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Her high school French didn't do her much good abroad. She could get by in Malta speaking English. The country's two official languages are English and Maltese.

Because Maltese is based on Arabic, the language was hard to learn. The alphabet looks a lot like English but has four more letters.

She knew bits of other languages. But “I fell into the English crutch a lot, just a comfort zone,” she says.

Even though Azzopardi moved from Malta, she says she's not going to give up on being bilingual.

"Spanish is the next language I want to study and master, for two reasons. One, Sophia [her daughter] is studying it. And two, it is the second language of the U.S., especially in Florida and California,” she says.

"I will not give up!” she says. “Luckily, I know a lot of words in Italian and some Spanish words are close, so I have a head start."

Expect success; failure is not an option

When he retired early at 45, 24 years ago, Craig Laberge set his mind on learning Spanish, something he had never studied in his youth. He decided to spend six months in Latin America to learn the language and the culture. In Guatemala, he took four hours of Spanish a day with a one-on-one teacher. Then he increased it to six hours.

By the end of two months, he had caught on. In 2005, he bought a house with friends in Mérida, Mexico, on the Yucatan Peninsula near the Gulf of Mexico.

He's lived there pretty much full time ever since. Laberge, now 69, a former art exhibition designer with an English and French-Canadian background, found the Mexican climate and cost of living enticing and felt at home in a less-frenzied culture.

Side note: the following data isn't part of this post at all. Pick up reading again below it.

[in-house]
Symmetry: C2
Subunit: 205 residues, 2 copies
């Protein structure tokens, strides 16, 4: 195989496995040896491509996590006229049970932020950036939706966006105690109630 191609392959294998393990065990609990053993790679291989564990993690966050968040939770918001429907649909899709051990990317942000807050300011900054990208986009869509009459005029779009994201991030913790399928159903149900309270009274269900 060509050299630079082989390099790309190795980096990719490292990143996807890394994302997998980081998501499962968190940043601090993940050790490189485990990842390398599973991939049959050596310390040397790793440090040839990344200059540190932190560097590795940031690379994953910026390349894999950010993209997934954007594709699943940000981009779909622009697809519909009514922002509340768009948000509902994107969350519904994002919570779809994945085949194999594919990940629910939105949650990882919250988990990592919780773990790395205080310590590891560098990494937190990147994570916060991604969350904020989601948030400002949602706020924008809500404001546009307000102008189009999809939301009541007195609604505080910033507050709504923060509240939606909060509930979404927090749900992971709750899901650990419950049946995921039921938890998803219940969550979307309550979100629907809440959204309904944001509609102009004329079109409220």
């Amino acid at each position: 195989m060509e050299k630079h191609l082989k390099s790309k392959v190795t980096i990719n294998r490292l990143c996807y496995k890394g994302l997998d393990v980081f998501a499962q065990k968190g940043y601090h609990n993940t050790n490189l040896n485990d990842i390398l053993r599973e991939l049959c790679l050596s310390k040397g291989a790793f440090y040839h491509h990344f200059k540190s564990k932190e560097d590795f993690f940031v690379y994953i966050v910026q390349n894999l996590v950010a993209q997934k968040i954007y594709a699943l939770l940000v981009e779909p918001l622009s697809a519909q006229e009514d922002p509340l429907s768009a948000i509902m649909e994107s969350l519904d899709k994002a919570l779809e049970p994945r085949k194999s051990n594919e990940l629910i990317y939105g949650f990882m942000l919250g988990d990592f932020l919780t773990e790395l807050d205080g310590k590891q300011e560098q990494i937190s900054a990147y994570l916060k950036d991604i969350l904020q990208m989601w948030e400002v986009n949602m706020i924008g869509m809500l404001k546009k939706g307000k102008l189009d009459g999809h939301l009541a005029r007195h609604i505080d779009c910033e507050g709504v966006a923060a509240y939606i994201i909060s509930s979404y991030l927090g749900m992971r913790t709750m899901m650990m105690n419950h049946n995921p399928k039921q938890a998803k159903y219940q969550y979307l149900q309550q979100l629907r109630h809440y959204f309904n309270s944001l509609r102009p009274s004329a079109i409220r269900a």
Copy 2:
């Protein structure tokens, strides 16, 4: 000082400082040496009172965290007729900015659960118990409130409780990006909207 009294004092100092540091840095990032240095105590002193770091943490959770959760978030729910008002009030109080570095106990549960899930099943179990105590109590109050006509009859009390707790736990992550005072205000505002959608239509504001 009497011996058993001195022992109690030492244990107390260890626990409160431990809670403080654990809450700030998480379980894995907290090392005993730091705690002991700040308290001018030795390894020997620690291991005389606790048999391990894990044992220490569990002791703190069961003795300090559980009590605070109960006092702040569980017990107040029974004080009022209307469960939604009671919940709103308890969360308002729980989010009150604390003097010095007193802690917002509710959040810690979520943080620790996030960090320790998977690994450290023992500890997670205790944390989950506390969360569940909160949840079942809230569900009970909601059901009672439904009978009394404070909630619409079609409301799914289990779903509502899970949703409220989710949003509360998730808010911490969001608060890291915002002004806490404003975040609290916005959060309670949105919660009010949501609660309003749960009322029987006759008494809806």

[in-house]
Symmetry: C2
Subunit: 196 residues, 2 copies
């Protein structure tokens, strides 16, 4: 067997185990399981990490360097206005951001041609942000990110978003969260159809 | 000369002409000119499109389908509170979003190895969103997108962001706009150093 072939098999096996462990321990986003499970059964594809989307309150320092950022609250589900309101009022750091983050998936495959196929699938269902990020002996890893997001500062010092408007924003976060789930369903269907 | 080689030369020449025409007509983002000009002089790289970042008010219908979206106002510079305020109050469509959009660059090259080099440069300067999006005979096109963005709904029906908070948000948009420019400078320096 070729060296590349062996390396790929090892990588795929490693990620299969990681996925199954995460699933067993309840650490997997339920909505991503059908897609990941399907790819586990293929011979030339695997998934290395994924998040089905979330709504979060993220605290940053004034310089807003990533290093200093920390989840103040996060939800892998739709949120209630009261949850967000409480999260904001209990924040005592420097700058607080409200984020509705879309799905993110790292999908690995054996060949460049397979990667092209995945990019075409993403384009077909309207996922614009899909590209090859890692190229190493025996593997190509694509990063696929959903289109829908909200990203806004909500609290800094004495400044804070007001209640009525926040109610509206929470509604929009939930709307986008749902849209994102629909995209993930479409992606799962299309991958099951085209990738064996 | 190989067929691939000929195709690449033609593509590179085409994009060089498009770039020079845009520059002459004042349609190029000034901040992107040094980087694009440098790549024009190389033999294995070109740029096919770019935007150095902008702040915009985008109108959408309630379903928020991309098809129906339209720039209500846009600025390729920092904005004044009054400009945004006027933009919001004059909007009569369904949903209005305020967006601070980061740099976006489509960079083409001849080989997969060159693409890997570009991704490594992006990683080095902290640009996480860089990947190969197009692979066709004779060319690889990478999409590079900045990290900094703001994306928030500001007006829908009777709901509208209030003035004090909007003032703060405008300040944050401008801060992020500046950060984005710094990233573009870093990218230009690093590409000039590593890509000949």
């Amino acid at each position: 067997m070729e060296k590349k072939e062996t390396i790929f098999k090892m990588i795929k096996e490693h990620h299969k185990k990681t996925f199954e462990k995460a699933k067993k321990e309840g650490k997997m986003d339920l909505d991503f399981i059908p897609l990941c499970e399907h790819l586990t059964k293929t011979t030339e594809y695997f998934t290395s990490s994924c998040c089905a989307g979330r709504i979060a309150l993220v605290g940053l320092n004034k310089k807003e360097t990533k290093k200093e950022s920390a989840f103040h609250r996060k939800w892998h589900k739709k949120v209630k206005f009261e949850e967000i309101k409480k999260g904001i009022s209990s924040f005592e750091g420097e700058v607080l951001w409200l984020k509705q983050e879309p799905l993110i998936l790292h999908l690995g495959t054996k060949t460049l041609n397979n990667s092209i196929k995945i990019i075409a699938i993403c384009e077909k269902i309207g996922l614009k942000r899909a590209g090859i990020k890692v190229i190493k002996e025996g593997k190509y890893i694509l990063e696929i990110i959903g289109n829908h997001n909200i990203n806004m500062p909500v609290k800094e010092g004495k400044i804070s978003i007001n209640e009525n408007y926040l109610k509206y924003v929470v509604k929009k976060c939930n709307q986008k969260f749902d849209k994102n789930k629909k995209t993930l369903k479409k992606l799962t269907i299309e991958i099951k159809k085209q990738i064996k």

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Not speaking Spanish was not an option for him, he says.

"If you're going to live in an environment where they speak another language, you're going to make some investment in living there,” he says. “Then if you don't learn the language, you're missing out on a huge part of the experience."

Put in the time, preferably daily

Every day, intercultural language consultant Ute Limacher-Riebold tries to help people transition into that kind of experience.

She taught linguistics at the University of Zurich and now runs a business in the Netherlands that helps international families integrate into their communities and hang on to their native languages at the same time.

"I say it's never too late to learn another language,” she says, but no one solution fits all. Learning to speak beyond pleasantries takes lots of practice in context and consistency.

"One hour a week is not enough,” she says. “Five hours is the minimum."

Practice is how VanGelderen made life work in Mexico. She took baby steps at first, such as renting out her house back home. That was a safety net while she dipped her toes in a new life.

Sonya Vangelderen
Courtesy of Sonya VanGelderen

She has made friends with expats and locals alike and thrives on new experiences, even a minor surgery she recently had at a Spanish-speaking hospital.

"I don't laugh at people trying to learn English, so why was I thinking they would laugh at me trying to learn Spanish?” she says. “I had to get over that hump of being afraid and just using it, even if I make a bunch of mistakes.

"Sometimes people correct me,” VanGelderen says. “And sometimes they could care less because they know what I'm saying."

She says her grown kids admire her bravery, and she's gained more confidence than she ever would have imagined.

"I know people who said they would move to another country, but they never took the plunge because it's so far out of their comfort zone,” VanGelderen says. “I say, ‘But that's where all the fun is.’ “

Tanya Bricking Leach is a longtime journalist who lived in Croatia for a year and would like to retire there someday. She already has had anxiety dreams about trying to learn the language.